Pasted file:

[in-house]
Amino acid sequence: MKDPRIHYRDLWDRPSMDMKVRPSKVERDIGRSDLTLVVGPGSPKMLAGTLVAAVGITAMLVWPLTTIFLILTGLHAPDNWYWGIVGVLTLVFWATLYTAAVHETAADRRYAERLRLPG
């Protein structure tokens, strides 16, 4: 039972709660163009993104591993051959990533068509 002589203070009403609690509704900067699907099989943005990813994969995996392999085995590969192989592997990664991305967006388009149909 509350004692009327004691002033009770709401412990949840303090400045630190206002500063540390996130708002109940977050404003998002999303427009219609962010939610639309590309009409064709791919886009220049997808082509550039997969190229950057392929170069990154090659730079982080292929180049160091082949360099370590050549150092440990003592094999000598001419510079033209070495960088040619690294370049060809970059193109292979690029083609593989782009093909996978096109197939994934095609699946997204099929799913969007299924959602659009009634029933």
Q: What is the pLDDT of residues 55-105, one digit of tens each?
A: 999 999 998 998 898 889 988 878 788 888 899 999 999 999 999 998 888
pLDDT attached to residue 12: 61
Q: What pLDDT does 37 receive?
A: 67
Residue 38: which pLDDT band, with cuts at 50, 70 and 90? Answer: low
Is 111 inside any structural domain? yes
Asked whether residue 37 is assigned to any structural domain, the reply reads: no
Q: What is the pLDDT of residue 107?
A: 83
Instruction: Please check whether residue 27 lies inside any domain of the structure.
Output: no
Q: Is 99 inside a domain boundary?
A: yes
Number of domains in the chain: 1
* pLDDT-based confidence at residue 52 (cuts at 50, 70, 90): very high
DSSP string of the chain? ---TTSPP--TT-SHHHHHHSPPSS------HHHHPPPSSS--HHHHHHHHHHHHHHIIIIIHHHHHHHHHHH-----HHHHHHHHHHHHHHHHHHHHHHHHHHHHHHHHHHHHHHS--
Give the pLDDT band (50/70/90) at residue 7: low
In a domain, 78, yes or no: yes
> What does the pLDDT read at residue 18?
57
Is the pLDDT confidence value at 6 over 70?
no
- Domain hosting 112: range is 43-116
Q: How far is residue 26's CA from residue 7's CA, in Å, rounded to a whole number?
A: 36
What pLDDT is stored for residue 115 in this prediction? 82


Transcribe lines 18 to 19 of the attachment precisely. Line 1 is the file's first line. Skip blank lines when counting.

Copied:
Number of domains in the chain: 1
* pLDDT-based confidence at residue 52 (cuts at 50, 70, 90): very high